THERE ARE two versions of what SIMI is. One is SIMI’s own, the other is that of the rest of the world. For all purposes, the rest of the world has been led by the Indian government for the last seven years since SIMI was first banned on September 27, 2001. The government’s averments about SIMI are said to be based on supposed intelligence from its secret agencies and the police across India. There are, of course, scholarly Internet sites holding forth on the organisation. But it is clear on their first reading that their text is dictated by none other than the intelligence agencies.
Sadly, it may perhaps never be known for sure what SIMI’s character and activities before the ban was — or what it has been since, for that matter. The reason is that the two versions, SIMI’s and the government’s, stand at absolutely opposite ends of the spectrum. The government’s version is suspect for the obvious reason that it is propagandistic; besides, there isn’t any way to crosscheck it. The government had seven years to bring proof of its claims about SIMI, but it hasn’t yet done so and it appears doubtful it will bring some dramatic proof anytime soon.
As for the SIMI version, its truth or lie could perhaps have been nailed by investigating documents and other material in its dozen-odd offices across the country that were sealed at the time of the 2001 ban. But now, it is impossible to know if the insides of these offices have been maintained exactly as they were then. SIMI’s last president, Shahid Badr Falahi, thinks that opportunity is gone. “I passed by my former office after leaving jail four years ago,” Falahi told TEHELKA, referring to SIMI’s national headquarters in Delhi’s Muslim neighbourhood of Zakir Nagar. “I was dismayed to find it was missing doors and had turned into a den of gamblers.”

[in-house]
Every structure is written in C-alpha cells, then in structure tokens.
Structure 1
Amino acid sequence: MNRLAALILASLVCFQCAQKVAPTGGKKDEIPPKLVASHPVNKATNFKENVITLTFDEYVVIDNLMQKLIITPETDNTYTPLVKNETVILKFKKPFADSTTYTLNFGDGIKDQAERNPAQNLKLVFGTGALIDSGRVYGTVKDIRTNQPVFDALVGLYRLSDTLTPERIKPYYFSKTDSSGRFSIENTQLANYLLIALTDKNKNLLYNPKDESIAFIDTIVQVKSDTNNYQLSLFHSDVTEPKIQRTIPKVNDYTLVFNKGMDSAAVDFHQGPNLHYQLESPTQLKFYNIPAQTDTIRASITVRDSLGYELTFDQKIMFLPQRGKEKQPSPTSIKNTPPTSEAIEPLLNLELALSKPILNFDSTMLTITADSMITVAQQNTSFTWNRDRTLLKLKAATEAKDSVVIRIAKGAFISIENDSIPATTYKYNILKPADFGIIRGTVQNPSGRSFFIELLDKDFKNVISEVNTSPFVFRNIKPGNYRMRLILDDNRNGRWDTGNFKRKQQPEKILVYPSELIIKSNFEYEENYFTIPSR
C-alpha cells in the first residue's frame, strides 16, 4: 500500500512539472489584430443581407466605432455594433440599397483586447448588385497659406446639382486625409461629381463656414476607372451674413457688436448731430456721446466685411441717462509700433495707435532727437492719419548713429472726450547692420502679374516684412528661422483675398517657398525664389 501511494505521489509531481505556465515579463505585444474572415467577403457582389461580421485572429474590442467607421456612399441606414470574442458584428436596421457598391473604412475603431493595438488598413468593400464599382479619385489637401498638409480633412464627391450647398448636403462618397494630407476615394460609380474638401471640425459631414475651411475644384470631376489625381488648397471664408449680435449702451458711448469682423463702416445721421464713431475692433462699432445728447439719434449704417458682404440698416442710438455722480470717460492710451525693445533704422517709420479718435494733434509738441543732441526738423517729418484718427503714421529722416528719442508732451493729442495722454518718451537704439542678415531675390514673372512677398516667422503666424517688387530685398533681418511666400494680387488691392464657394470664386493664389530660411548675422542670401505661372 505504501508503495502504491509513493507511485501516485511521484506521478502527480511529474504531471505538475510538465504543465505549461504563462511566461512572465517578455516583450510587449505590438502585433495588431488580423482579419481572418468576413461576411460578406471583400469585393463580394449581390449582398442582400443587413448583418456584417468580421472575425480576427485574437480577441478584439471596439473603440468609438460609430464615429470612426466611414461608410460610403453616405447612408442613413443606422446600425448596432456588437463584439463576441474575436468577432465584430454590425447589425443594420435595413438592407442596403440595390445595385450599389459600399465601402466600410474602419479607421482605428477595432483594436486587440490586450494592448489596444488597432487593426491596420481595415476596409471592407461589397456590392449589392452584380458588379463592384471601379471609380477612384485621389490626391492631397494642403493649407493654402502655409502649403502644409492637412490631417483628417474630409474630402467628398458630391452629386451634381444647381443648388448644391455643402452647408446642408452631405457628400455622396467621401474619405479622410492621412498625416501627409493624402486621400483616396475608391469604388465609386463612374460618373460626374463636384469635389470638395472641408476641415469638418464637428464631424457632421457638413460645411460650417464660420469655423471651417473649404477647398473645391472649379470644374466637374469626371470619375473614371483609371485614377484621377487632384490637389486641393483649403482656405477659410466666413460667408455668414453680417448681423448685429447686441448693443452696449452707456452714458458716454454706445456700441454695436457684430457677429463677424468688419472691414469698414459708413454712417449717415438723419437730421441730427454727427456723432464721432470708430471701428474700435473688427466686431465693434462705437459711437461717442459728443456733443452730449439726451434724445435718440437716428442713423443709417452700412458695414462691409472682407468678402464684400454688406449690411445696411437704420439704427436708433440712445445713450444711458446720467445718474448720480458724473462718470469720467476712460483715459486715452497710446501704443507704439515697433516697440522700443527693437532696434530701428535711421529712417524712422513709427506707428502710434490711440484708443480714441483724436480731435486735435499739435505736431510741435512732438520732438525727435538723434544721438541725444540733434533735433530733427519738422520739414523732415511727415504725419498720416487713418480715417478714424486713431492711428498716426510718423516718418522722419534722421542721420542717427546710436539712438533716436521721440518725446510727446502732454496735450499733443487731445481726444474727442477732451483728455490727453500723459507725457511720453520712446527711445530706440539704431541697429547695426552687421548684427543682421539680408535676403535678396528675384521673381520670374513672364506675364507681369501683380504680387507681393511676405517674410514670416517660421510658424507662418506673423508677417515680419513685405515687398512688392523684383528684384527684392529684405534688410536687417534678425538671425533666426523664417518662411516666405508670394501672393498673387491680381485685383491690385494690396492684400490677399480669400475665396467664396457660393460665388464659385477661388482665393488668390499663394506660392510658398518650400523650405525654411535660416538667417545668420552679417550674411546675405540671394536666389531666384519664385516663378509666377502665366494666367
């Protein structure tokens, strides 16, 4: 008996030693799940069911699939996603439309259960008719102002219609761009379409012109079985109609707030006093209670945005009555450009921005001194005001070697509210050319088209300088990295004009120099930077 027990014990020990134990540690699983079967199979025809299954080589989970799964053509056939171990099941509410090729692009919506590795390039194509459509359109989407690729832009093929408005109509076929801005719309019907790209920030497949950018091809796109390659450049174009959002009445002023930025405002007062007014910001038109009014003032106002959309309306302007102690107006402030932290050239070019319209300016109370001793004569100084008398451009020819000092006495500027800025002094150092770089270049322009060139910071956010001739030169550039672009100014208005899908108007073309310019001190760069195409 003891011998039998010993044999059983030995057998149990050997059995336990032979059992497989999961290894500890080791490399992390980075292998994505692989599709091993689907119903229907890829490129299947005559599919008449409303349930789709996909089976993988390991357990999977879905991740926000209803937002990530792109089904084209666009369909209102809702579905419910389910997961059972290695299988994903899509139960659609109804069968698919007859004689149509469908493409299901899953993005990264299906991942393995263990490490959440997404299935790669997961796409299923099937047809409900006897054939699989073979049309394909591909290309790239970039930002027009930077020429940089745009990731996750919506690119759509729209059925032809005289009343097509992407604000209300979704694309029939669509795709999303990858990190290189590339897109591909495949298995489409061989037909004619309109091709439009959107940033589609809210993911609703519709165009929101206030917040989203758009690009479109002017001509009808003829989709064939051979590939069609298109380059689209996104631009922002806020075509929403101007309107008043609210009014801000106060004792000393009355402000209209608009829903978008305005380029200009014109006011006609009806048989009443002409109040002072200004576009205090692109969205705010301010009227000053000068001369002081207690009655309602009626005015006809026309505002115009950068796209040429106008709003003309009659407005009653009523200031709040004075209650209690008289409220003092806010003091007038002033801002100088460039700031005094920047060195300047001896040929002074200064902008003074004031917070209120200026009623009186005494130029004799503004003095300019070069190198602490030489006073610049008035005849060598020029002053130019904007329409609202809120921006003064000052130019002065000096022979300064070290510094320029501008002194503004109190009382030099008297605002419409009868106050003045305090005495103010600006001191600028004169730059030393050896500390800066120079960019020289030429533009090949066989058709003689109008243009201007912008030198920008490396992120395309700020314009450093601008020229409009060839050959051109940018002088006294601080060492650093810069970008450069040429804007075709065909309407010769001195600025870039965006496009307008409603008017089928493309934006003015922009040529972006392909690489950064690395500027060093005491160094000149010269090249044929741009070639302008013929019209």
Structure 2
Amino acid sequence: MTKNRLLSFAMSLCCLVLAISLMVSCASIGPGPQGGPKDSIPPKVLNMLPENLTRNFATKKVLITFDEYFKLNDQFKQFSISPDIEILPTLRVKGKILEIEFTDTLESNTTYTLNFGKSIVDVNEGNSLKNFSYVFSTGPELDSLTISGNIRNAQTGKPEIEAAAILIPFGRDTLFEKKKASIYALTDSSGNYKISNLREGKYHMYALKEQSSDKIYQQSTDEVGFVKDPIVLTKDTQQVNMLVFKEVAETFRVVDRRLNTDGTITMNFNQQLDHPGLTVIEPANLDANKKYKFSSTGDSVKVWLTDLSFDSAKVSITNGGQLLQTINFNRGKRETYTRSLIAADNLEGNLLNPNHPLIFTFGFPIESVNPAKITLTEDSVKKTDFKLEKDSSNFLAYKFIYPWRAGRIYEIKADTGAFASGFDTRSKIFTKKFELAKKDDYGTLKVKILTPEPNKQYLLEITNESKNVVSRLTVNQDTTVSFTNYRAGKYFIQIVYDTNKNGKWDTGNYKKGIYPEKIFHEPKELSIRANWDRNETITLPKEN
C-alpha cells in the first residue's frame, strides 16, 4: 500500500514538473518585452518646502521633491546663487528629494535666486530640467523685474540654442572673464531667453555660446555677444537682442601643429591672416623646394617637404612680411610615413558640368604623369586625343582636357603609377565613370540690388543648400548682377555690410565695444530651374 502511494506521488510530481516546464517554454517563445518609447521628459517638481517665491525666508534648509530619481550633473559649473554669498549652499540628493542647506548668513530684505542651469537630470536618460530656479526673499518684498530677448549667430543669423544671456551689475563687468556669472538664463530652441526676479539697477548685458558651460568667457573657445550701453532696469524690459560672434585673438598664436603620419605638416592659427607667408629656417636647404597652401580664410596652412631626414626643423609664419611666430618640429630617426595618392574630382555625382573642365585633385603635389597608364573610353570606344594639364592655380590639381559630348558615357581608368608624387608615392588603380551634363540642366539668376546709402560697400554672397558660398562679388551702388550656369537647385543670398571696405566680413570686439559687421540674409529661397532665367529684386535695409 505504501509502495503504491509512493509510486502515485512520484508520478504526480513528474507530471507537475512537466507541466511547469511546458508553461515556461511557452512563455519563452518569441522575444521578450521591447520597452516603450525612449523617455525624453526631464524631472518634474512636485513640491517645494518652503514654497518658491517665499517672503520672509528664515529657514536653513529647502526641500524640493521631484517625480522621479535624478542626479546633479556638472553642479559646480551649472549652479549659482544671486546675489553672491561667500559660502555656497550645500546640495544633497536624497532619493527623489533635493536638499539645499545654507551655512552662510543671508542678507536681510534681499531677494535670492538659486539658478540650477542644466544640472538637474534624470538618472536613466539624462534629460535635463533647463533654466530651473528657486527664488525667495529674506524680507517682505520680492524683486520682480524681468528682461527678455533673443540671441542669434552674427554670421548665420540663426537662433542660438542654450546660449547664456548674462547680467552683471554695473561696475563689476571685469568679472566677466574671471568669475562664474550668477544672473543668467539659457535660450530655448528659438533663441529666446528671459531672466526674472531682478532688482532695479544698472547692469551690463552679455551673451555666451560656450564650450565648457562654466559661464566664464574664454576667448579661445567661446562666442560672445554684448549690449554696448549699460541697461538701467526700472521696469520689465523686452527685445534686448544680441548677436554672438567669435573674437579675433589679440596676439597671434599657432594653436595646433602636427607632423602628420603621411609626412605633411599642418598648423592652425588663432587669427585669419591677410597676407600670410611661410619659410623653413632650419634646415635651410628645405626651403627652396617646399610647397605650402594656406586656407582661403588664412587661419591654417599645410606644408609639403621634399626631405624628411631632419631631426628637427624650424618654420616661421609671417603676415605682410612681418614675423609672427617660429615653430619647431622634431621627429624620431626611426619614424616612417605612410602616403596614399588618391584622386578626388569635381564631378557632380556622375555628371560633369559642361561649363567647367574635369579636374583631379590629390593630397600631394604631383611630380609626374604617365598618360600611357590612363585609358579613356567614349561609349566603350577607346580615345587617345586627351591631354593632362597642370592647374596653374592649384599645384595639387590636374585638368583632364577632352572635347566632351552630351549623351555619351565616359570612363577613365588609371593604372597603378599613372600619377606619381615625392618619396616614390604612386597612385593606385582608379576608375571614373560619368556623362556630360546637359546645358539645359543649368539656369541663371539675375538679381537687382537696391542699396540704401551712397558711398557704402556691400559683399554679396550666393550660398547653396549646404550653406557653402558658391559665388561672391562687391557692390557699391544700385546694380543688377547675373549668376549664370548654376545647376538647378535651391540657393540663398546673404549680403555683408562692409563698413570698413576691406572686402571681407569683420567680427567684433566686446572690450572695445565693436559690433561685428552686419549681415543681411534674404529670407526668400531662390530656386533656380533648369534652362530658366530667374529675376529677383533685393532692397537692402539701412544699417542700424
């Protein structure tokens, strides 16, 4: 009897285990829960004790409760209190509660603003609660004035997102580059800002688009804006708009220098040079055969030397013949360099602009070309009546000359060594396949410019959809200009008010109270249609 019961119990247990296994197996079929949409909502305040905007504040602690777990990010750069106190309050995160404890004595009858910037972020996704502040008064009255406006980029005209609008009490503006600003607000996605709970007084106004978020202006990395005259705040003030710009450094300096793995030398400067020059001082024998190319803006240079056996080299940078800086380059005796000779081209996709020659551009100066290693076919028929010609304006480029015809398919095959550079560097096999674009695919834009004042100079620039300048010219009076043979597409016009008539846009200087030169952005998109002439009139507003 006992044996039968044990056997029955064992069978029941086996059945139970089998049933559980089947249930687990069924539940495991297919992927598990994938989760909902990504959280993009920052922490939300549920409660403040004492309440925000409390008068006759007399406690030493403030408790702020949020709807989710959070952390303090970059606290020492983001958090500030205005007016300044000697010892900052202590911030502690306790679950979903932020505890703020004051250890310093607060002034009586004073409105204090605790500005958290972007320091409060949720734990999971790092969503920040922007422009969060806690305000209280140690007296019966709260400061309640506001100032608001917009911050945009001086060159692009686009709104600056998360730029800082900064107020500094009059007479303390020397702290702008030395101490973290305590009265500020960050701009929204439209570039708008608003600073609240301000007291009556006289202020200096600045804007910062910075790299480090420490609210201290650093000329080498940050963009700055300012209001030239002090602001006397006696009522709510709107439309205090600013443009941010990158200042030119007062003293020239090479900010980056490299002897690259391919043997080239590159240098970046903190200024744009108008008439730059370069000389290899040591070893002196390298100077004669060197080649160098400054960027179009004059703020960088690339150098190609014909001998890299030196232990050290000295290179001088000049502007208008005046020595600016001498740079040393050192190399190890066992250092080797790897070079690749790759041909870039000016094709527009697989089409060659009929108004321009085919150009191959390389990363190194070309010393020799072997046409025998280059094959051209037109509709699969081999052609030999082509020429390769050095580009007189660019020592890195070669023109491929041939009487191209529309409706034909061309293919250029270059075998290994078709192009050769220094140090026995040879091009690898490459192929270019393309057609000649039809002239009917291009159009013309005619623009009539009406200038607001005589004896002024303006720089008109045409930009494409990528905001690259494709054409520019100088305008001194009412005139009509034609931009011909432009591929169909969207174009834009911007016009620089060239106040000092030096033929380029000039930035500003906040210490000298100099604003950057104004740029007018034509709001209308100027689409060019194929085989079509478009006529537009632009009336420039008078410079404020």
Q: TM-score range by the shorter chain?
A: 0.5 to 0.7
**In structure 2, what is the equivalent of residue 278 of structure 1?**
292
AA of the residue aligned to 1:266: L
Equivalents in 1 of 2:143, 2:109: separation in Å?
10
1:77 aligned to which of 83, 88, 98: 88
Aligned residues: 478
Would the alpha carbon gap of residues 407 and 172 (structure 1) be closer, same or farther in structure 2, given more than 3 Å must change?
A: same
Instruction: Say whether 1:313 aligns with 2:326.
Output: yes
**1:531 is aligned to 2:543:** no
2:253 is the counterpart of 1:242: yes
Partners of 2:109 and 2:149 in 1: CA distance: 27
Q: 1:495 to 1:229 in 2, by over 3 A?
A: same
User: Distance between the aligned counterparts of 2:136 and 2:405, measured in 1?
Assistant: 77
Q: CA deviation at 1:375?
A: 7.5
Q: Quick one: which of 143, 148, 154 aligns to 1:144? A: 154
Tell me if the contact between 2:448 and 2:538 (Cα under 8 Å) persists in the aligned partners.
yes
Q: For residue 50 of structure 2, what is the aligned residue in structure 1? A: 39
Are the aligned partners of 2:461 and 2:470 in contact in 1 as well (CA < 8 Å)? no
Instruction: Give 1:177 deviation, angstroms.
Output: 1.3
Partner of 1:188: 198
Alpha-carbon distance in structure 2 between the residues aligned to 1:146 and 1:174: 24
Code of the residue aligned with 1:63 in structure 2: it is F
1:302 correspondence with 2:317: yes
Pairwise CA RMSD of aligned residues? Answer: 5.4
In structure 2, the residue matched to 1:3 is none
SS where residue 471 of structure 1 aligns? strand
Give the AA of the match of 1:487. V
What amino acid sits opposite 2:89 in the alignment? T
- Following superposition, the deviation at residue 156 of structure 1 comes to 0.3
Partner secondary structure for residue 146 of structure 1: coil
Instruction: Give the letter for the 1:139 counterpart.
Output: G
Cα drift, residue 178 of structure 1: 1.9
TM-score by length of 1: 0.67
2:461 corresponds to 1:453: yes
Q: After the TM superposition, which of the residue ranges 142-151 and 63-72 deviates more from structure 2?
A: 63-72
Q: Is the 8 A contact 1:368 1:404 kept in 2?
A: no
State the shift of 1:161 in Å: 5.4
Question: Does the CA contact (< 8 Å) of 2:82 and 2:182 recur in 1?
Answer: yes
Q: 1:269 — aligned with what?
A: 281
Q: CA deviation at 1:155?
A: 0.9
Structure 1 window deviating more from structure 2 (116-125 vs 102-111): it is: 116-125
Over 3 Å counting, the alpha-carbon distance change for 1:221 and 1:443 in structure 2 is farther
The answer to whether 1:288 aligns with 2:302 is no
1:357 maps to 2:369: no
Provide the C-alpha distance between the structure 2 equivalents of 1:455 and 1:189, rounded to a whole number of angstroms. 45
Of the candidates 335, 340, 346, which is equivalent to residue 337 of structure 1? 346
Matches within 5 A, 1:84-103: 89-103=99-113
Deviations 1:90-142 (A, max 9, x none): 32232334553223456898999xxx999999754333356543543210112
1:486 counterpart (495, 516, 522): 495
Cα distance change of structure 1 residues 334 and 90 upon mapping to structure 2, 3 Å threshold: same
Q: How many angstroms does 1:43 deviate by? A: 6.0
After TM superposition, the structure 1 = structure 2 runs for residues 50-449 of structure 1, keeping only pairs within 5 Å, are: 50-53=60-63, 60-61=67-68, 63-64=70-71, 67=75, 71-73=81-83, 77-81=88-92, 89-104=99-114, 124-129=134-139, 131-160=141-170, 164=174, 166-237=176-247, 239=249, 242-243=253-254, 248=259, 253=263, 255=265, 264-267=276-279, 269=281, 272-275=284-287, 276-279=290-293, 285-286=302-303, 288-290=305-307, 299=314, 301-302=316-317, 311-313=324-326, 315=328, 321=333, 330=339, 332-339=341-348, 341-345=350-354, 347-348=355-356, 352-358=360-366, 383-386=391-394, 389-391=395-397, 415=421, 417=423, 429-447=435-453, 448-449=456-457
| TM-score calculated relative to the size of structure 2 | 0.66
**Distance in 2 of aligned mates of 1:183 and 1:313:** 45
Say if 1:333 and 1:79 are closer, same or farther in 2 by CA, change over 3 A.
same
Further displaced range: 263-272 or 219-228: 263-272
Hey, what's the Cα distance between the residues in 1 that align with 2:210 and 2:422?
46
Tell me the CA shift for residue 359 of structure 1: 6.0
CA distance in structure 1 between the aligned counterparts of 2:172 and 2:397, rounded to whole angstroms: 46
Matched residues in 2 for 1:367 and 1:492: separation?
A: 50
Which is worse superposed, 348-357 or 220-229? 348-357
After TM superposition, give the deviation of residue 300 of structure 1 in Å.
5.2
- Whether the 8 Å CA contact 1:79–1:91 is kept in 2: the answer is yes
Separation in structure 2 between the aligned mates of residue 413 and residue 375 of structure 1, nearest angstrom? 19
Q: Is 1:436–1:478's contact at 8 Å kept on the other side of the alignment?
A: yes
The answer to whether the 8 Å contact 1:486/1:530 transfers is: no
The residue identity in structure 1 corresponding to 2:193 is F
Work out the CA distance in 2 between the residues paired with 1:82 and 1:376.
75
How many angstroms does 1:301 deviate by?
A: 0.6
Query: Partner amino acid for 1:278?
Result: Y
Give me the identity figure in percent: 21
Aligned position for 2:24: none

So the only way to sift the SIMI fictions from the facts is to juxtapose the two versions. This reporter leaves it to the reader to decide which version she finds credible.
The very first page of the background note issued with the Centre’s notification banning SIMI in February this year had this to say about the controversial outfit: “The stated objectives of the organisation (SIMI) are a) Governing of human life on the basis of Quran, b) Propagation of Islam, c) ‘Jehad’ for the cause of Islam, d) Destruction of Nationalism and establishment of Islamic Rule or Caliphate…”
The government says SIMI is a widely spread organisation with Muslims of all ages and persuasions as its members, who are underground and active across India. It says SIMI is linked with international terror groups; that it trains itself in arms, raises national and international funds from the Gulf and other Muslim countries, hatches conspiracies and carries out bomb blasts. Says the background note: “[SIMI] does not believe in the nation state, as well as in the Constitution, or the secular order; it regards idol worship as a sin and its holy duty to end it… SIMI aims to replace [Indian nationalism] with an International Islamic Order.”